HUD Announces the Baltimore Metropolitan Council as a Recipient of a 2011 Sustainable Communities Award
Monday Nov 21st, 2011
FOR IMMEDIATE RELEASE
Grants will create jobs, improve housing, transportation and economic vitality of the Baltimore Region
Mayor Stephanie Rawlings-Blake welcomed the U.S. Department of Housing and Urban Development’s (HUD) Acting Deputy Secretary Estelle Richman to announce that the Baltimore Metropolitan Council (BMC) as one of the recipients of the 2011 Sustainable Communities Grants, totaling over $97 million. Twenty seven communities and organizations will receive Community Challenge grants and Baltimore is one of 29 regional areas that will receive a Regional Planning grant. The $3.5 million dollar grant will be used to create a Regional Plan for Sustainable Development for the entire Baltimore Region. The goal of the Sustainable Communities grants is to help communities and regions improve their economic competitiveness by connecting housing with good jobs, quality schools and transportation.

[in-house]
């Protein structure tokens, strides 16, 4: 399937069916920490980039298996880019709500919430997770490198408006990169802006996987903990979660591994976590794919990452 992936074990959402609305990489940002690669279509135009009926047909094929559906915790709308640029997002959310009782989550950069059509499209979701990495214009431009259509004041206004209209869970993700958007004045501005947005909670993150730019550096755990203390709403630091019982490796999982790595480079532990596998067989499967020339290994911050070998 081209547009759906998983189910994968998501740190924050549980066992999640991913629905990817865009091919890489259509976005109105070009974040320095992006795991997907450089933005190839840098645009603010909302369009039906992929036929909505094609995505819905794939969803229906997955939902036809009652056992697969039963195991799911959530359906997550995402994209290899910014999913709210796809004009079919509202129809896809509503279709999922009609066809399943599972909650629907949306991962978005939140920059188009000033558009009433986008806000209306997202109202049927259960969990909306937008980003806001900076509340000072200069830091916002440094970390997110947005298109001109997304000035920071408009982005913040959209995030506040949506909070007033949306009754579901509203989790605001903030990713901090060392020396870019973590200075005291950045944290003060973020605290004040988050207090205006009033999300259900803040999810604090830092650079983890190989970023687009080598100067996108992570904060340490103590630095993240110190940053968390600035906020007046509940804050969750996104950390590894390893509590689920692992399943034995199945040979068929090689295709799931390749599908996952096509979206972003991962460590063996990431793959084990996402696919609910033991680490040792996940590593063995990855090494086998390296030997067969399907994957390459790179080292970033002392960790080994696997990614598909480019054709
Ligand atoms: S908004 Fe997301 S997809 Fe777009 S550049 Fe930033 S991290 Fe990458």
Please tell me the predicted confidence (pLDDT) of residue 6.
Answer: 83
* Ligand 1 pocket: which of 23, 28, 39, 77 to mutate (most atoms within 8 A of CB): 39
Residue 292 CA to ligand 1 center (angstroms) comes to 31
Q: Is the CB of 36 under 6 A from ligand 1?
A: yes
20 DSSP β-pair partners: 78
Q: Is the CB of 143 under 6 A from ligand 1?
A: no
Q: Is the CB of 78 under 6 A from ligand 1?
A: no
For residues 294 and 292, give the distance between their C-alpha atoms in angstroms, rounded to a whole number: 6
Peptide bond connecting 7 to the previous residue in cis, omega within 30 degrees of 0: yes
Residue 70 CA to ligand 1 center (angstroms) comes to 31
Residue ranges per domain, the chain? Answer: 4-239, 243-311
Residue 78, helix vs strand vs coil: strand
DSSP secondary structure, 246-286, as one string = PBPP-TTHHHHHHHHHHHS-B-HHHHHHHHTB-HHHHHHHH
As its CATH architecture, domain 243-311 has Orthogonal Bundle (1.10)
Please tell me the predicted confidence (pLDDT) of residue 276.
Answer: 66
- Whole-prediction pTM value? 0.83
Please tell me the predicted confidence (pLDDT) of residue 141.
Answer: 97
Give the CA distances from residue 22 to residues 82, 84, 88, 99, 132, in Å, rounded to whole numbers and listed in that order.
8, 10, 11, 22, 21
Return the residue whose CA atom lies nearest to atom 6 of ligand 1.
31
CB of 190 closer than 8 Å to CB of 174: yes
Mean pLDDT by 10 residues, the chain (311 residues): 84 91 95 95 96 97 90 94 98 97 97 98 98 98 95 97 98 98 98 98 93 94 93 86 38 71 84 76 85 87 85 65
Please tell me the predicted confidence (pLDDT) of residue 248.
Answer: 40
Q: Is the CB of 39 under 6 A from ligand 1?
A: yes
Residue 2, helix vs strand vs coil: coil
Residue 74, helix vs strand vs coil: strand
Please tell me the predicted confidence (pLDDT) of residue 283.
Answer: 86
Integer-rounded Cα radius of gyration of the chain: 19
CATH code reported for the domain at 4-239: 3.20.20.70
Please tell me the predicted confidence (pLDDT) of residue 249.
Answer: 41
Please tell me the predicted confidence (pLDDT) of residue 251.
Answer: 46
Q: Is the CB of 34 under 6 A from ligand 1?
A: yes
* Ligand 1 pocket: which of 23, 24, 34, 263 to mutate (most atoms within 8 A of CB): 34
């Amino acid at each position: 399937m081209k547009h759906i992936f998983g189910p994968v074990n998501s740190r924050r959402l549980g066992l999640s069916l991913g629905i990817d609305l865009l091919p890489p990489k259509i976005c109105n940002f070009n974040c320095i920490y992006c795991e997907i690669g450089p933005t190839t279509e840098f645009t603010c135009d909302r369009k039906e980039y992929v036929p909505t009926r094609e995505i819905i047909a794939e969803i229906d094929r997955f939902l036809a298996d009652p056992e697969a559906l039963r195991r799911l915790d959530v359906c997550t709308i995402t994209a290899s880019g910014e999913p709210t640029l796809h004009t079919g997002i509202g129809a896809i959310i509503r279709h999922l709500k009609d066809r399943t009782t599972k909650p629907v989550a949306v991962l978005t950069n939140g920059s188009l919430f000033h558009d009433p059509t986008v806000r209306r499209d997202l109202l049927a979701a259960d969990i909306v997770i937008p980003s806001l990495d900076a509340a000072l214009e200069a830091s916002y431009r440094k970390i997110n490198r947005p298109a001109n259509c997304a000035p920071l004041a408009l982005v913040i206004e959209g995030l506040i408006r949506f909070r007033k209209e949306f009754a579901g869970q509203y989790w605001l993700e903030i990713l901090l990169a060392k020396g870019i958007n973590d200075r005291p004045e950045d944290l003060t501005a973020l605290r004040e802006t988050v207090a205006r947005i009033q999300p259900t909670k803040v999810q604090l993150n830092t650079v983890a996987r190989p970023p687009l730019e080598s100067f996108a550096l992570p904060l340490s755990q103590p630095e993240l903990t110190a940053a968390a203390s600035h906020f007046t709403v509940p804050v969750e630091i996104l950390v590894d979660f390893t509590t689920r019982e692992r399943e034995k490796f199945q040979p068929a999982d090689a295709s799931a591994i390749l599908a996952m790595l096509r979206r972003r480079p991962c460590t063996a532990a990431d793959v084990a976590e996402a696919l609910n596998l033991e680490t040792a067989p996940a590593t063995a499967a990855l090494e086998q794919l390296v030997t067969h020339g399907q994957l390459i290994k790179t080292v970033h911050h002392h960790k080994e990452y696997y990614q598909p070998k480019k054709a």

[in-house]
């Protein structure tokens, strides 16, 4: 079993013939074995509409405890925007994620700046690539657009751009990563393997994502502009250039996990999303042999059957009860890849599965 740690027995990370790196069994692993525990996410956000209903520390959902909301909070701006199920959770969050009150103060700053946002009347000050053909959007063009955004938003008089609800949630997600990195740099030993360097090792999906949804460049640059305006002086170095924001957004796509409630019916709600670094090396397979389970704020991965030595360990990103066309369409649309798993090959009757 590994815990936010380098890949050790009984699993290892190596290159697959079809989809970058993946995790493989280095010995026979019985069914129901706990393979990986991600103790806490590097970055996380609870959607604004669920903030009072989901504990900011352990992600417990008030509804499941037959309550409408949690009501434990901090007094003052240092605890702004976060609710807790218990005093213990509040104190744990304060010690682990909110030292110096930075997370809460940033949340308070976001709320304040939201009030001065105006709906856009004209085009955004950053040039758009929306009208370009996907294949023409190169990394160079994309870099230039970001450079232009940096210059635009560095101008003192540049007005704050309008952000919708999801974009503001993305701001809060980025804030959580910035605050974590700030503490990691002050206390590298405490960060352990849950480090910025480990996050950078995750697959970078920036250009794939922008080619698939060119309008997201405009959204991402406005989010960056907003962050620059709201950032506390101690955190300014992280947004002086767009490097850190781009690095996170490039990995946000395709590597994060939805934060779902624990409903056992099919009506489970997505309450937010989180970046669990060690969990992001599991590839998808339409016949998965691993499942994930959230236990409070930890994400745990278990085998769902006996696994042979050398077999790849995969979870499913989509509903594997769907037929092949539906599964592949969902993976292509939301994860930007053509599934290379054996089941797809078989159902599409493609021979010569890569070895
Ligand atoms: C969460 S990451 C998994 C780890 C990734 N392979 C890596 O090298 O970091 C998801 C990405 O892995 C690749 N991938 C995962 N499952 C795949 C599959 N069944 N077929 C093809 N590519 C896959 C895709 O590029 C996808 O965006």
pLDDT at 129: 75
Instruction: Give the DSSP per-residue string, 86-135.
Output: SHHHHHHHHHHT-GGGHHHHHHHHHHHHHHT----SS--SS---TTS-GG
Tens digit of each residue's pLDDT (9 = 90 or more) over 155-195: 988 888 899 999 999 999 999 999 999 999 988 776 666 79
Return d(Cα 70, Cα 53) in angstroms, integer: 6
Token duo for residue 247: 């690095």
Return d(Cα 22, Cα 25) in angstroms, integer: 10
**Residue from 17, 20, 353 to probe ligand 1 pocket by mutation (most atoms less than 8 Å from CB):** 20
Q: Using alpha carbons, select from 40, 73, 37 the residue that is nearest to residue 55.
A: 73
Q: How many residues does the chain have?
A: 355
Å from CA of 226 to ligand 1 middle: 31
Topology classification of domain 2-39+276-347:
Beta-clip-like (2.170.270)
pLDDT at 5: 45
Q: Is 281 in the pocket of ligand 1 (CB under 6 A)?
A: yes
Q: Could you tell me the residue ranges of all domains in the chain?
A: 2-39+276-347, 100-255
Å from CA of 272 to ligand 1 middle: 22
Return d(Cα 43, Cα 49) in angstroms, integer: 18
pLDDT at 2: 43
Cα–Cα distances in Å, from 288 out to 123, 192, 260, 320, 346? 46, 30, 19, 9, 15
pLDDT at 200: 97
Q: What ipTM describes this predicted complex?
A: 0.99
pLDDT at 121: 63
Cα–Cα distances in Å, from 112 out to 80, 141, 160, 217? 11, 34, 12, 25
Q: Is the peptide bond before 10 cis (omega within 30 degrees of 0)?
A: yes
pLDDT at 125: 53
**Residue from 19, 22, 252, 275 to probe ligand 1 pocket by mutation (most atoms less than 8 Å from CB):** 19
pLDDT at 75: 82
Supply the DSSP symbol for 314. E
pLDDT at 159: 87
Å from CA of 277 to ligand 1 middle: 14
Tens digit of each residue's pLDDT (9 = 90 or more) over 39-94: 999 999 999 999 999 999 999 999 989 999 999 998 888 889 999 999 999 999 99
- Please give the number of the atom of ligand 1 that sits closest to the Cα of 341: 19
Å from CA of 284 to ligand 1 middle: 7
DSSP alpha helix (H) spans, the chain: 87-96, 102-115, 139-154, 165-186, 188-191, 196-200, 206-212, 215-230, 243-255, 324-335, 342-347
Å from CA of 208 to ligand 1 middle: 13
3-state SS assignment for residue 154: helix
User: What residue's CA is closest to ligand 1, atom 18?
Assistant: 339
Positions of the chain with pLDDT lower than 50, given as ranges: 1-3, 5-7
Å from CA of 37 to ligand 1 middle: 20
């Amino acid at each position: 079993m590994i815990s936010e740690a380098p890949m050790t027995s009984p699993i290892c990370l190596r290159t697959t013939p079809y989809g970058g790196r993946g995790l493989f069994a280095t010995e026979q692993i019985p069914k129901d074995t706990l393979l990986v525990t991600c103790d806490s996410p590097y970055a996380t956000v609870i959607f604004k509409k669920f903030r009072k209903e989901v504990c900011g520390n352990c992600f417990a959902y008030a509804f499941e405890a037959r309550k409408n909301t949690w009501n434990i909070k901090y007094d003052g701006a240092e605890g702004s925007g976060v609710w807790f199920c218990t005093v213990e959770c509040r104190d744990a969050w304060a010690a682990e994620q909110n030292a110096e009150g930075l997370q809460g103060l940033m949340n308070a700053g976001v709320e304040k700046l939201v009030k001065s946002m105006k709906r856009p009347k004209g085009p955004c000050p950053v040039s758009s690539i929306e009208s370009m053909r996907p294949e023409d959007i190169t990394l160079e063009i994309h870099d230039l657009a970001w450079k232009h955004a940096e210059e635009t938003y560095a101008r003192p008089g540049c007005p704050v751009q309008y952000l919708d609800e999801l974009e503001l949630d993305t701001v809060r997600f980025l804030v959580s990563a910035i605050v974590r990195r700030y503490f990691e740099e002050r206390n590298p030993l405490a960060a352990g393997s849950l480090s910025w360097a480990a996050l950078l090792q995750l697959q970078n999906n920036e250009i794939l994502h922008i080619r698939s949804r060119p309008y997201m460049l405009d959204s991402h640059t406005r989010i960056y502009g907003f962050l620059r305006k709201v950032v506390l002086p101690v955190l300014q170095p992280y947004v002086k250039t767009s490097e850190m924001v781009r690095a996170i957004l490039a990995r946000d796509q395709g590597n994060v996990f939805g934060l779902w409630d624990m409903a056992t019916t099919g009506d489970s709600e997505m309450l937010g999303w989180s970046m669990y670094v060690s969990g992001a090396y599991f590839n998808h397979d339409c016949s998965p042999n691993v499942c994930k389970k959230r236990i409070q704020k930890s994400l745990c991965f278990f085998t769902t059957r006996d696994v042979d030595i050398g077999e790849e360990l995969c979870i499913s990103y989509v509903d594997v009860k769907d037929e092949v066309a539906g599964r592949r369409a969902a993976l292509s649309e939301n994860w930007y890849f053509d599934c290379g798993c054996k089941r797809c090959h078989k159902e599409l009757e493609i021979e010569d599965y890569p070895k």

“Our nation’s ability to compete in a global economy and create jobs is dependent upon how quickly and efficiently we can connect our workers and families to education and employment opportunities.” said HUD Secretary Donovan. “This year we are especially proud that we had a particular focus on funding proposals that included more chambers of commerce and economic development corporations as core partners.
“On behalf of the Baltimore Metropolitan Council, I want to thank HUD for their support of the Baltimore region,” said Mayor Stephanie Rawlings-Blake, the Baltimore Metropolitan Council Chair. “This grant is going to help us plan for the future, and together improve our long-term strategies for housing, transportation, and workforce development.”